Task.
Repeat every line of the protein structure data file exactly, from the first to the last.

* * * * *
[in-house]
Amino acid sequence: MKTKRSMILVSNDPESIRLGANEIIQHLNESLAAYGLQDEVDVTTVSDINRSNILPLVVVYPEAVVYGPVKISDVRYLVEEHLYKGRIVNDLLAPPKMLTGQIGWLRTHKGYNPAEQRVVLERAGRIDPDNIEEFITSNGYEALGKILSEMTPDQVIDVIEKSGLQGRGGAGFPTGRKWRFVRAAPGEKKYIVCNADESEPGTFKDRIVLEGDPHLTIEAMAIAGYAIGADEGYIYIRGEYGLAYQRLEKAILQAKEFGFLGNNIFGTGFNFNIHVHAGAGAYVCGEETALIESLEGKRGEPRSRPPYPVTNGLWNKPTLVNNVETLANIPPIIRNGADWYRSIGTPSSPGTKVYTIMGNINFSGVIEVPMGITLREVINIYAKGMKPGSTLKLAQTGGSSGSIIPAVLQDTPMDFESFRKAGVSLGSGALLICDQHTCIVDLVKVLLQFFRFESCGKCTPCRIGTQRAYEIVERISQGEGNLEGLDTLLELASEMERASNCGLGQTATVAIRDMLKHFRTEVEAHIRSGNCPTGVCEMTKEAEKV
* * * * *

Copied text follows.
[in-house]
Amino acid sequence: MKTKRSMILVSNDPESIRLGANEIIQHLNESLAAYGLQDEVDVTTVSDINRSNILPLVVVYPEAVVYGPVKISDVRYLVEEHLYKGRIVNDLLAPPKMLTGQIGWLRTHKGYNPAEQRVVLERAGRIDPDNIEEFITSNGYEALGKILSEMTPDQVIDVIEKSGLQGRGGAGFPTGRKWRFVRAAPGEKKYIVCNADESEPGTFKDRIVLEGDPHLTIEAMAIAGYAIGADEGYIYIRGEYGLAYQRLEKAILQAKEFGFLGNNIFGTGFNFNIHVHAGAGAYVCGEETALIESLEGKRGEPRSRPPYPVTNGLWNKPTLVNNVETLANIPPIIRNGADWYRSIGTPSSPGTKVYTIMGNINFSGVIEVPMGITLREVINIYAKGMKPGSTLKLAQTGGSSGSIIPAVLQDTPMDFESFRKAGVSLGSGALLICDQHTCIVDLVKVLLQFFRFESCGKCTPCRIGTQRAYEIVERISQGEGNLEGLDTLLELASEMERASNCGLGQTATVAIRDMLKHFRTEVEAHIRSGNCPTGVCEMTKEAEKV